Maryland Hunter’s Massive Black Bear Breaks State Record

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A Maryland woman shot a 643-pound black bear on the opening day of the state’s short bear hunting season, and officials at Maryland’s Department of Natural Resources (MDNR) say it is the heaviest hunter-harvested bear on record. 

The hunter, identified only by her first name, Melissa, shot the bear on October 23 near her home in Garrett County, according to an MDNR tweet posted October 25. “This Garrett Co. male bear is the largest bear ever harvested during Maryland black bear season and is a new state record,” MDNR reported. The previous record was a 615-pound Garrett County bear tagged in 2007.

The bear was one of 24 taken on the opening day of Maryland’s six-day season, which allows hunting in the four western counties of Allegany, Frederick, Garrett, and Washington. The total take for the season, which ended October 28, was 103—the same as last year. The average estimated live weight of bears killed this year was 166 pounds, compared to 177 pounds last year. 

“This is a bear that we’ve been getting reports about for the last year or two, a very large bear that local residents have been getting either photos on their trail cameras or they had been seeing,” Jonathan Trudeau, Game Mammal Section Leader for the MDNR told Field & Stream. “It’s a bear the locals knew was in the area, and she was just very fortunate to be out on the first morning of the hunt. She was able to get a really good shot, and it didn’t go very far.”

Maryland relaunched its bear season in two counties (Allegany and Garrett) in 2004 after a 51-year hiatus. In 2016 Frederick and Washington counties were added to the hunt. The number of permits and bears harvested has steadily increased from 200 and 20 that first year; this year 950 permits were granted in a lottery drawing that drew about 4,500 applicants.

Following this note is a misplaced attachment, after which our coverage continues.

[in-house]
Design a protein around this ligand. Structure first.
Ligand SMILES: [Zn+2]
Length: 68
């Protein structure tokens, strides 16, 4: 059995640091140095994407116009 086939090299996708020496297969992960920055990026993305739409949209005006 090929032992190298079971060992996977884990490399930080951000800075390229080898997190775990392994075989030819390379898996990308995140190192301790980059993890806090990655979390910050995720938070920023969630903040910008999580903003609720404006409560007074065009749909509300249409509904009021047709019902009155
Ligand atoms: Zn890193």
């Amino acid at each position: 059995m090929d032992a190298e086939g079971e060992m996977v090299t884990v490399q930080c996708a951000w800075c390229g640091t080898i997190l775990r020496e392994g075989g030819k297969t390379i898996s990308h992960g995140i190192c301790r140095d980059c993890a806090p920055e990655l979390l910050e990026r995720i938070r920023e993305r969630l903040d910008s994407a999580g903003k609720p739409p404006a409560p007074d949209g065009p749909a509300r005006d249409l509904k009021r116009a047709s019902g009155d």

The history of bears in Maryland follows a familiar pattern: The abundant population that existed when settlers arrived was nearly wiped out by unrestricted hunting and clearing of forest habitat for farming that began in the 1600s and 1700s and continued into the early 1900s. By 1954, when the state suspended bear hunting, only a small number of animals hung on in the western part of the state. Aided by forest recovery and strict conservation measures (including listing on the state endangered species list in 1972), bear numbers bounced back. In Garrett County, bear density numbers improved from 12 per 100 square miles in 1991 to 64.5 per 100 square miles in 2011. The state is now home to an estimated 1,500 to 2,000 black bears.

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“The black bear hunt is just one index that we use to monitor our population,” Trudeau says. “We use a couple of other indices to monitor our population trends such as nuisance complaints and things of that nature, and what our hunt and those other indices suggest is that Maryland has a very healthy black bear population that appears to be expanding and growing, much like many other parts of the Mid-Atlantic region.”



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